When studying religious beliefs, the focus is on configurations relating to the form of the belief and the content of the beliefs. Research that concentrates on the outward manifestations of beliefs, as well as on the linguistic and other symbolic forms of expression, is conducive to productive analysis in the social sciences. Raymond Firth maintains that beliefs not only are always culturally defined, but also have a core or nucleus that could be discernable in written and/or spoken creeds and dogmas.
Study of the concept of faith, according to Firth, involves a two-way process, with one path extending from the human to the supernatural and a second from the supernatural back to the individual. A reciprocal relationship is required for the continuation of a faith. In Catholicism, the believer offers prayers and sacrifices to a specific Saint, with the expectation of a return of some kind. The prayer, ritual, or sacrifice is provided with the expectation that an answer in some form will be forthcoming. If not, why perform the ritual? Why have faith that an answer will be forthcoming? There is an expectation of unification, a possibility of a connection between the giving and the expectation of a return.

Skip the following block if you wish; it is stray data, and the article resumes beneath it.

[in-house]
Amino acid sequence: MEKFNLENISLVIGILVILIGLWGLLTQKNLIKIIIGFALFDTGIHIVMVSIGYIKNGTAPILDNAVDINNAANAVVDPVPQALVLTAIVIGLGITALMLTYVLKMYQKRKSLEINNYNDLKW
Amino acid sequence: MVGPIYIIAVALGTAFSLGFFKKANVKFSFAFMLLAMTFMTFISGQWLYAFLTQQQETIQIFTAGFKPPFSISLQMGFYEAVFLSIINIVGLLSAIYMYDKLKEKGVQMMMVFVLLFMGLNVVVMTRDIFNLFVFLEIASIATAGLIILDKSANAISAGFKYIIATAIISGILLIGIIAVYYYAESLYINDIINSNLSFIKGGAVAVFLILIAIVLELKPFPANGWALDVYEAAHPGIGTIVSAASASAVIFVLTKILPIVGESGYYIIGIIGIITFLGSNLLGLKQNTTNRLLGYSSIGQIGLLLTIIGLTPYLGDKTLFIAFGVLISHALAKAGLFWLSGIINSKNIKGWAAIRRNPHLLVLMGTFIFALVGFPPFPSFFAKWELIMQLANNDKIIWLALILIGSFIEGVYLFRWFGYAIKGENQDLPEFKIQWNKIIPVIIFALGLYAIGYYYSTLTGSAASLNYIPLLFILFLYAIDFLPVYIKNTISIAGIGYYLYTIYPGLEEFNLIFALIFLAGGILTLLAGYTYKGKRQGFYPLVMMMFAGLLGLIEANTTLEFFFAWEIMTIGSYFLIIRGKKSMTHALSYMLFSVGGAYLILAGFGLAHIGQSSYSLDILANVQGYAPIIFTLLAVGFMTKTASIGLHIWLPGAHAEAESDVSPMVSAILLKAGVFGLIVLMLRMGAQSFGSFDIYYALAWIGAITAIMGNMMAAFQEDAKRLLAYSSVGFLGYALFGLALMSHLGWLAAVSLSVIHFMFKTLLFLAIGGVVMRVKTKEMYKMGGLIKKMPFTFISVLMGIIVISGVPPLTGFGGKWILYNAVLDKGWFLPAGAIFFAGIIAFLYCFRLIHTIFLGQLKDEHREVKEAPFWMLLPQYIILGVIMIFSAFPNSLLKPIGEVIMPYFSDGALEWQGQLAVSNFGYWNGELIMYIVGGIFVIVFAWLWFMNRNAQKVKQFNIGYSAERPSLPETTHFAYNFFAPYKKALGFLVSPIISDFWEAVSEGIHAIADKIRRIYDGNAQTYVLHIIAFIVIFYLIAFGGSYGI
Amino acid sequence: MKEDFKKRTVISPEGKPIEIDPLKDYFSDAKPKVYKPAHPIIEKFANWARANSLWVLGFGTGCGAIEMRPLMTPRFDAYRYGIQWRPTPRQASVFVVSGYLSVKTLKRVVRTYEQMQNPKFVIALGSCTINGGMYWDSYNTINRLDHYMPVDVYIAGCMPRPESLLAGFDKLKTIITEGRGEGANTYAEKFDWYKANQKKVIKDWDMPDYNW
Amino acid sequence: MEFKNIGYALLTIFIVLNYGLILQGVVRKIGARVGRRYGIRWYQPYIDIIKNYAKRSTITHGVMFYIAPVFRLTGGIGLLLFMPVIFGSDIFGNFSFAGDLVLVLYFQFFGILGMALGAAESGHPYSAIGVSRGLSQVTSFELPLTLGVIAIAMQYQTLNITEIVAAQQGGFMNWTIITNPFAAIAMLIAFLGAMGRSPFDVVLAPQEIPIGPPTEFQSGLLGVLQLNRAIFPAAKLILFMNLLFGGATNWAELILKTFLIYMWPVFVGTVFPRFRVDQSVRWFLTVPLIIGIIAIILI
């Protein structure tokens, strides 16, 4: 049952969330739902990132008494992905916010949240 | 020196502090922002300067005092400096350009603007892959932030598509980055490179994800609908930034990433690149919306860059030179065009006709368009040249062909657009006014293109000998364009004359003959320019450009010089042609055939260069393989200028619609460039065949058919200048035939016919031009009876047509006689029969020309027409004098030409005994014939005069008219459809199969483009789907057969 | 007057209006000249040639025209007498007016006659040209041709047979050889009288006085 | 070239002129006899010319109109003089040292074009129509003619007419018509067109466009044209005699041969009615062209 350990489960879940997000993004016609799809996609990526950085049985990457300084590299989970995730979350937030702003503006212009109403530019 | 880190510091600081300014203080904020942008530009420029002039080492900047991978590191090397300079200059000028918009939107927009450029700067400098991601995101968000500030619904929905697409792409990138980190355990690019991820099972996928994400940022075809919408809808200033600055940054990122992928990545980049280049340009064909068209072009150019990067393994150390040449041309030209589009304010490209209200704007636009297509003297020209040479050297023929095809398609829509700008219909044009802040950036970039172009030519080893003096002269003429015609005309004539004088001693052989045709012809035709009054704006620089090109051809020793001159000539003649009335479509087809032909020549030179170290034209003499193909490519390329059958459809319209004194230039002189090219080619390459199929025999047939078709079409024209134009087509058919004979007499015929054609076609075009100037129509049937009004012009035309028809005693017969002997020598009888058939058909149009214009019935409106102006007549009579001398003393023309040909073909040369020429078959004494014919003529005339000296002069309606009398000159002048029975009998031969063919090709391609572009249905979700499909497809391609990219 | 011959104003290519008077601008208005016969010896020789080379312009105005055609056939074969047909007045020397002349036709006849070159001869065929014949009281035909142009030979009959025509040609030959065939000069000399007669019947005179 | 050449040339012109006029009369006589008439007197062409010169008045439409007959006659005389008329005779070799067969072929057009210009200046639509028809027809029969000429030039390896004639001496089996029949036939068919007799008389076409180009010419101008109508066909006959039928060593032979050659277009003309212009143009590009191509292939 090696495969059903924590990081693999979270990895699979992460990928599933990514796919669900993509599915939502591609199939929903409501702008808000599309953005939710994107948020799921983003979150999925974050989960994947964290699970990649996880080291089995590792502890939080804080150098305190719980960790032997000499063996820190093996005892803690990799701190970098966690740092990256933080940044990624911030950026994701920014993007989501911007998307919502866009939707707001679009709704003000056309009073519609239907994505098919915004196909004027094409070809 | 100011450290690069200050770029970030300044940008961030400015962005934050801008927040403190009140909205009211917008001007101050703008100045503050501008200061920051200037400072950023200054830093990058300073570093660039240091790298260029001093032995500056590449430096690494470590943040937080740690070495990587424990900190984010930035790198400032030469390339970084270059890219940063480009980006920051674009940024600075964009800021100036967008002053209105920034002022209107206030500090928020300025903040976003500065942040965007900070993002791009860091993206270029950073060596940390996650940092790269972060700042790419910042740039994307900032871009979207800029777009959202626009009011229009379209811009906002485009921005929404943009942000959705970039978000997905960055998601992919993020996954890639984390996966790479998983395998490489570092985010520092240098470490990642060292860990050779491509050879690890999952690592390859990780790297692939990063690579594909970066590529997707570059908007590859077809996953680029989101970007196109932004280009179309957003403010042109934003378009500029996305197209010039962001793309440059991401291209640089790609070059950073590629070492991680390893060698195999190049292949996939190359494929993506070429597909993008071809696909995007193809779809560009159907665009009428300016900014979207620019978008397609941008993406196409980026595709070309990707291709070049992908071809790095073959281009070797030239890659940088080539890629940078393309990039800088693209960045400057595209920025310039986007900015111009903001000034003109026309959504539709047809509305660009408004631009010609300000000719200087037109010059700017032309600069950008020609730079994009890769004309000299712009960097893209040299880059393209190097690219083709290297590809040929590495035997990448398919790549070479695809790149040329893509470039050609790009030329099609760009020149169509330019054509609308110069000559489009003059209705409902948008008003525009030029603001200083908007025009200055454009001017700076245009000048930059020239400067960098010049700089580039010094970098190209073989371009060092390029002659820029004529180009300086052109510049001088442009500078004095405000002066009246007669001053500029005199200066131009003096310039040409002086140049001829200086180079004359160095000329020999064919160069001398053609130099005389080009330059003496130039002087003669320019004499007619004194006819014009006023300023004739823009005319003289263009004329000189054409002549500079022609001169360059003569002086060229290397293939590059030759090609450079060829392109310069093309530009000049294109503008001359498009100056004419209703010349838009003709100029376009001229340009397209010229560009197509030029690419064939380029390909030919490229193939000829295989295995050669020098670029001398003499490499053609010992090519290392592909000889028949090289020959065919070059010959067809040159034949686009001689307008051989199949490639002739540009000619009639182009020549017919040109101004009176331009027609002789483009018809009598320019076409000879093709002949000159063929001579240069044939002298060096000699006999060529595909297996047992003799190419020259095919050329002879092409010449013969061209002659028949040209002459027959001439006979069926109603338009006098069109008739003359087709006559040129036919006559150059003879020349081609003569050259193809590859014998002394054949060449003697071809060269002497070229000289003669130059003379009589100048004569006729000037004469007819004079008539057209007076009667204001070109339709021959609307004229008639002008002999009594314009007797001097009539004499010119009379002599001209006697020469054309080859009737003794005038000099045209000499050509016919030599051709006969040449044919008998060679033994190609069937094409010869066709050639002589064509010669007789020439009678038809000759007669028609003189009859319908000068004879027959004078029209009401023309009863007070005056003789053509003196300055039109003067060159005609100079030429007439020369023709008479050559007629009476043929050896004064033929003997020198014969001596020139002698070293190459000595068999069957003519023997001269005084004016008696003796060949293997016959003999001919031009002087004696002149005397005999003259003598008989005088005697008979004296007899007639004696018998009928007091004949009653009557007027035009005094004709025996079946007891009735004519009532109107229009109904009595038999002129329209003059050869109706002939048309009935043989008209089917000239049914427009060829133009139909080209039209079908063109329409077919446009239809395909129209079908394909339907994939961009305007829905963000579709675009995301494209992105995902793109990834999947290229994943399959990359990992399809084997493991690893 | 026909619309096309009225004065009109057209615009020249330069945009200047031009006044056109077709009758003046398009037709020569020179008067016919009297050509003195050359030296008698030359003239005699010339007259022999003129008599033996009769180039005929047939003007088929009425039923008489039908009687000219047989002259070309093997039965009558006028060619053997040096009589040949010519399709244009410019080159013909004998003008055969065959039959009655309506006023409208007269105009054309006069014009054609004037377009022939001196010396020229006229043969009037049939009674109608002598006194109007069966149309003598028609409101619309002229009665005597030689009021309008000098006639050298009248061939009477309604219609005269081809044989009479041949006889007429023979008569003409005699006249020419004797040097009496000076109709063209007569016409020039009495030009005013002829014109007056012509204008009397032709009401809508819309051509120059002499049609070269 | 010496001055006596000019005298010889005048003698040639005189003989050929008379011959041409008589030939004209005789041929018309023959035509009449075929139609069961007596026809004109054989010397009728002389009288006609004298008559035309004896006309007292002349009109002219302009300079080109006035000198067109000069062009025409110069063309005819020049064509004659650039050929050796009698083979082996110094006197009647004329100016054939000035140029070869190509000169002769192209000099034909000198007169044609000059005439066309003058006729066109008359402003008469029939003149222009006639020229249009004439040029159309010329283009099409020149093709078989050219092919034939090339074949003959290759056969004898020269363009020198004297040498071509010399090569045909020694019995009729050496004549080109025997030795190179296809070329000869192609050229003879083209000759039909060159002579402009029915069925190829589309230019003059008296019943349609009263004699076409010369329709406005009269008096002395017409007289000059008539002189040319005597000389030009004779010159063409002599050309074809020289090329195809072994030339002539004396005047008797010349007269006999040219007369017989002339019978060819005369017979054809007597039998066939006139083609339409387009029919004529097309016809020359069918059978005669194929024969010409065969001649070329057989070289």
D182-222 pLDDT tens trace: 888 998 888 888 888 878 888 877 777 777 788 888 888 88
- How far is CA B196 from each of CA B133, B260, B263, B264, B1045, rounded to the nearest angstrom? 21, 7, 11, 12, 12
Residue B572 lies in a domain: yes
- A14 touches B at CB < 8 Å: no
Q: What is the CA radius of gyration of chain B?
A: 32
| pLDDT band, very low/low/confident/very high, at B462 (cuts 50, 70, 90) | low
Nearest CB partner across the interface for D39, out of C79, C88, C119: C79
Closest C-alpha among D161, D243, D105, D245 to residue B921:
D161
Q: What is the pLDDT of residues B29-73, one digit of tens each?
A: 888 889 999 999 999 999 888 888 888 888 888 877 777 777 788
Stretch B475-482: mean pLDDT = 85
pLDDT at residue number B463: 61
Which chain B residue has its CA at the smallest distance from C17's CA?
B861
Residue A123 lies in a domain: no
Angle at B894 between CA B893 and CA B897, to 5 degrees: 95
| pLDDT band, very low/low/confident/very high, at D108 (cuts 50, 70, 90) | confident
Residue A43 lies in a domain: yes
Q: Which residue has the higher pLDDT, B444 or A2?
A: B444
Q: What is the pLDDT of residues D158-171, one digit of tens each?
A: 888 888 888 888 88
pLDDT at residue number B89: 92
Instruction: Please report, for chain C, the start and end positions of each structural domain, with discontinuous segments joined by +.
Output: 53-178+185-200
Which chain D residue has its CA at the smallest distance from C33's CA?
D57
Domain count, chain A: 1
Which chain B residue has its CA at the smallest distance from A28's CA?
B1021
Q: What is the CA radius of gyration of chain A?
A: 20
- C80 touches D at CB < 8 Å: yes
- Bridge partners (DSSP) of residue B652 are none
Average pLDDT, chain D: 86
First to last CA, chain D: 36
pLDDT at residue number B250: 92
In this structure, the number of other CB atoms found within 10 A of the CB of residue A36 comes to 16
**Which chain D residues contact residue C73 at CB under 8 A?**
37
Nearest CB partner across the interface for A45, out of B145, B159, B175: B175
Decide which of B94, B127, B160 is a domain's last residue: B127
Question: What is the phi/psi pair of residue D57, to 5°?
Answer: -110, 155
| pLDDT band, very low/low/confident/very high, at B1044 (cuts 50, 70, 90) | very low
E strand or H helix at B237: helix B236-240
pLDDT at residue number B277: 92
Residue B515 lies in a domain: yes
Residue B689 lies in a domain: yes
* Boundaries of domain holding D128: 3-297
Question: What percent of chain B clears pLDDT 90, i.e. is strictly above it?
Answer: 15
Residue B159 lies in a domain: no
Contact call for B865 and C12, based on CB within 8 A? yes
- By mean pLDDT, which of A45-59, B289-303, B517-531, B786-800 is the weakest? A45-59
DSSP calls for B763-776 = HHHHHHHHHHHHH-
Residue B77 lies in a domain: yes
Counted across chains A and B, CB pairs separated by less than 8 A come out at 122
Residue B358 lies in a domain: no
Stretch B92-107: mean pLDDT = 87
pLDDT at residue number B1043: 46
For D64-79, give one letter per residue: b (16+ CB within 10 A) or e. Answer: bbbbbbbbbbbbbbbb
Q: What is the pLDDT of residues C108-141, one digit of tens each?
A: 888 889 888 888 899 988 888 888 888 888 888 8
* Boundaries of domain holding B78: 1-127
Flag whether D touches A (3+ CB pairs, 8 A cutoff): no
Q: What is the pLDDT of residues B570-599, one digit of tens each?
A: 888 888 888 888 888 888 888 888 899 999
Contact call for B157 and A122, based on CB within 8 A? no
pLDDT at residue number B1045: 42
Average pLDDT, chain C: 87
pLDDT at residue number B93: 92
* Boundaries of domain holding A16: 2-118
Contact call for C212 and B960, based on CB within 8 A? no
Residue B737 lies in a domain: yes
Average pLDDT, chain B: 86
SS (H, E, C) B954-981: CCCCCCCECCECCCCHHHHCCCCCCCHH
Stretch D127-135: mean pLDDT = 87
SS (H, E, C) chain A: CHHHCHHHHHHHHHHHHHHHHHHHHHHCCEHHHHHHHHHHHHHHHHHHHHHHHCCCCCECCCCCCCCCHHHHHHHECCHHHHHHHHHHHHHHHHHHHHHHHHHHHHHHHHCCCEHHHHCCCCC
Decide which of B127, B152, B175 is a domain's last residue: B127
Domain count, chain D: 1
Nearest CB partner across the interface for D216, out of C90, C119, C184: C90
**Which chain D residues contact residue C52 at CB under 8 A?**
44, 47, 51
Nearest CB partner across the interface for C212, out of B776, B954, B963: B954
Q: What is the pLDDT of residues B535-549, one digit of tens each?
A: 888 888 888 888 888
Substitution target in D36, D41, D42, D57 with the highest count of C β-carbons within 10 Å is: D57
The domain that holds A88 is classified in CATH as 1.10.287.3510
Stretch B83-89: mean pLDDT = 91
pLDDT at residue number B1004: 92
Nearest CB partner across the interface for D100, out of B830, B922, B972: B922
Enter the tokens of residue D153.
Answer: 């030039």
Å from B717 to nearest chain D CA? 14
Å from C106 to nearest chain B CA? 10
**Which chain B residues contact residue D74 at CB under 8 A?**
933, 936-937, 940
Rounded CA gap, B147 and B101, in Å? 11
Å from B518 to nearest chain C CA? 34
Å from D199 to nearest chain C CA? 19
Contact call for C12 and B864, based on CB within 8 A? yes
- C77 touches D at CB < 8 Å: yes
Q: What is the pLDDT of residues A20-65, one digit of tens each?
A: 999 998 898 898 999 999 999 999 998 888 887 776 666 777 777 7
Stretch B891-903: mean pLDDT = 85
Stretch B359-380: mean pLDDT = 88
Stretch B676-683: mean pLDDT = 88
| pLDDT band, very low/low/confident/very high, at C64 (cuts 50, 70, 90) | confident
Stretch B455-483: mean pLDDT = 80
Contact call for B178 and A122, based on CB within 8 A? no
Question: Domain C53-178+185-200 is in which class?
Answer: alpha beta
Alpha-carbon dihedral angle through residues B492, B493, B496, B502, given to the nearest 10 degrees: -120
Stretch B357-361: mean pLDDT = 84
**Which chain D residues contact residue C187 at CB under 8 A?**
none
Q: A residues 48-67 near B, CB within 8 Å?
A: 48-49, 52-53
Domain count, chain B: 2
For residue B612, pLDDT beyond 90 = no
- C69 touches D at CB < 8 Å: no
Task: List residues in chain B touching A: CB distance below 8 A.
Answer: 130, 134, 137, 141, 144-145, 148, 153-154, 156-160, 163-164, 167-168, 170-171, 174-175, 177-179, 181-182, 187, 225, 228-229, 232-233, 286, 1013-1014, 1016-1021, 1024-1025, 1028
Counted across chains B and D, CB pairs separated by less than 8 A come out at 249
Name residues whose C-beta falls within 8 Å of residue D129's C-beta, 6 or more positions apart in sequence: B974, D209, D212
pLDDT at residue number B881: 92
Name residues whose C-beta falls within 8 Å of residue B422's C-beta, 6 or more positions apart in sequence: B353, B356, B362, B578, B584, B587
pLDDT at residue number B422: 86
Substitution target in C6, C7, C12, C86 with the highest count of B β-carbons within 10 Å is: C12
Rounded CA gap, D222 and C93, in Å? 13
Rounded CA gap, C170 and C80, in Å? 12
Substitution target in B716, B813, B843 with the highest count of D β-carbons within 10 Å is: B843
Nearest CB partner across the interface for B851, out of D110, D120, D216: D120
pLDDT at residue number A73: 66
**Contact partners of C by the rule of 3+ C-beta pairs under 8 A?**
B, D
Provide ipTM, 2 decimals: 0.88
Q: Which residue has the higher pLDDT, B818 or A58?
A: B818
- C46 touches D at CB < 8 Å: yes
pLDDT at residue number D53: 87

What is also implicit in the act of exchange or sacrifice, according to Firth, is an “asymmetrical status relationship,” whereby the person making the offering is assigned an inferior position, while the recipient occupies a superior position. A hierarchy is in existence. A religious humanist researcher would question why a religious exchange is deemed necessary, contrasting and comparing various explanations for the participants. The focus is on what has occurred before the act, what is expected to happen during the act, and what the perceived outcome will be. The religious humanist believes that there is a discernable human logic underlying the values, beliefs, and behavior involved. A community ritual performance can be rationally interpreted as being performed because it allows for group social cohesiveness, providing a sense of belonging and reinforcement of specific moral values. The congregation provides unification of thoughts and actions for those with similar beliefs to coalesce and strengthen group unity, and it becomes a place for the individual to freely choose to belong and participate or to be coerced into choosing to belong and participate. The individual may belong because of political and/or economic costs or benefits or for fear of punishment via gossip networks and the potential for exclusion from the community.